FabLab hosts Halloween-themed workshops
By Nick Tarrant, The Shorthorn Staff
After a month of designing and creating, costumes will come to life on Halloween.
During the month of October, the Department of Experiential Learning and Undergraduate Research hosts an event called “More Than a Mask,” a series of workshops where students can use the FabLab to create Halloween costumes. Students can attend the department’s costume party from noon to 4 p.m., Oct. 31 in the FabLab.
“Part of the hope of this is to, from my perspective, is to get students thinking about the process of creating things,” Experiential Learning and Undergraduate Research Department head Gretchen Trkay said.
Sponsored by UTA libraries, Trkay said every month is a different theme of workshops related to arts and crafts, as part of the Experience UTA Libraries series. During September, the series was titled Life At College, where one workshop taught students how to cook food in their dorm room.
Trkay said More Than a Mask is the first event to focus on costume design and making, and was chosen as October’s theme because of Halloween.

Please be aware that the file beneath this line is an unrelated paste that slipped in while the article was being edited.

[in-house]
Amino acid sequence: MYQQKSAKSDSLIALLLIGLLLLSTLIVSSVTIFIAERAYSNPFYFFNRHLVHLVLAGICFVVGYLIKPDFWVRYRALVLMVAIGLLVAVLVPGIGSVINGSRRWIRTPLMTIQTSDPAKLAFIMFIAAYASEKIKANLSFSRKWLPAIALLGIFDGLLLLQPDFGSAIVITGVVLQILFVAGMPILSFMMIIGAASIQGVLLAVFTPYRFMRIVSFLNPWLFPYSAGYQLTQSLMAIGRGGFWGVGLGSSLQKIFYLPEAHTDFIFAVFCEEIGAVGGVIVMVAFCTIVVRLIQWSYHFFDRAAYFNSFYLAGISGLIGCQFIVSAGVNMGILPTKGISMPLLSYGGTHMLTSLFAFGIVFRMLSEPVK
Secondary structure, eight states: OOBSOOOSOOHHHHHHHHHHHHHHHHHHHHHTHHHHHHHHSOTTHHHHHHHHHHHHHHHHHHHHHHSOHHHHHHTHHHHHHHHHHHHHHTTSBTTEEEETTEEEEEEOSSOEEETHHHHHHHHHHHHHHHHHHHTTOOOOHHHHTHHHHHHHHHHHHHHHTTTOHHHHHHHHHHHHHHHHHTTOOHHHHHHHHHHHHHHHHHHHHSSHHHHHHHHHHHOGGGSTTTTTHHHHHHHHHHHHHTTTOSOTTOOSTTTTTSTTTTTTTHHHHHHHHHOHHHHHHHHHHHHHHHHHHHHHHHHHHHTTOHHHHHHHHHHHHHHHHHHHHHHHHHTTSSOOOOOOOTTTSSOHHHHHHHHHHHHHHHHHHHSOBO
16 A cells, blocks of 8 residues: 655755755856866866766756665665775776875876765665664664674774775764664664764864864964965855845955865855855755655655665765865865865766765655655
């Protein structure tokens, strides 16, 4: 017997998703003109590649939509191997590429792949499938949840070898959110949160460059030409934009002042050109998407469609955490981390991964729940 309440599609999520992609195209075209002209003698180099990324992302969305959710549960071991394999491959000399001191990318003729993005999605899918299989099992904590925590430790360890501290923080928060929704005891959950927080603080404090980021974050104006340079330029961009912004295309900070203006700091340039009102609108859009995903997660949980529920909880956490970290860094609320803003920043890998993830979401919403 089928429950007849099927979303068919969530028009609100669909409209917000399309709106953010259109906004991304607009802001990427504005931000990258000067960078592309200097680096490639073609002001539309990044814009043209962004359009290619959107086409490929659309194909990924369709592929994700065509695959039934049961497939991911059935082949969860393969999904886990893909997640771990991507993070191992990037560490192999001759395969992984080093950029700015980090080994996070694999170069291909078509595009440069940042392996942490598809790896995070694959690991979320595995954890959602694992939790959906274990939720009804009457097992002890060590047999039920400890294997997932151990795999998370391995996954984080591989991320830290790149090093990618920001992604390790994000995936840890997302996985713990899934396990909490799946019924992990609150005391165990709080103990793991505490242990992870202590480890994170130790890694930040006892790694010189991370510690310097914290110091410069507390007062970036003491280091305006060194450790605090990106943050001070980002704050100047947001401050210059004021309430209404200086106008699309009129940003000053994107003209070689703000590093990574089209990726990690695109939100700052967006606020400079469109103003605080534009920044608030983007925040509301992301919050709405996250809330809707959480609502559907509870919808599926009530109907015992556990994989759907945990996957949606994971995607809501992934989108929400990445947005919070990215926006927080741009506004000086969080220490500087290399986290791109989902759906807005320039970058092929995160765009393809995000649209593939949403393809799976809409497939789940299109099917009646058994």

Students brainstormed their costume ideas during the first workshop and then began to design and create their costumes during the following workshops. Free supply kits are given to the first 20 students who attend. Students are also advised to use the FabLab on their own time to finish their costumes in time for the costume party.
Nathalie Palacios, broadcast and journalism junior, said she attended October’s first workshop, where she brainstormed ideas for what costume she wanted to create. Stuck between characters from ABC’s “Once Upon a Time” and a character from “Percy Jackson and the Olympians,” she decided to make a Harley Quinn costume because it’s easier to make than her other ideas.
“It’s kind of good to have someone to help you throughout this whole process,” Palacios said.
Because professionals from businesses Tandy Leather and Reynolds Industrial Contractors Inc. will attend Wednesday’s workshop to assist students, Trkay said she thinks the student turnout will be higher than in the past. An average of 15 students attend each workshop.
“We have so many students who didn’t even realize that stuff was there for them to use,” Trkay said.
Norma Ayala, secondary English education teaching senior, said if she heard about the event sooner, she would have attended last week’s sewing workshop. She also suggests the library use social media and posters to advertise future events.
The month of November will focus on teaching students how to build digital portfolios for graduate school applications.
The next workshop will be from noon to 6 p.m. Wednesday in the FabLab.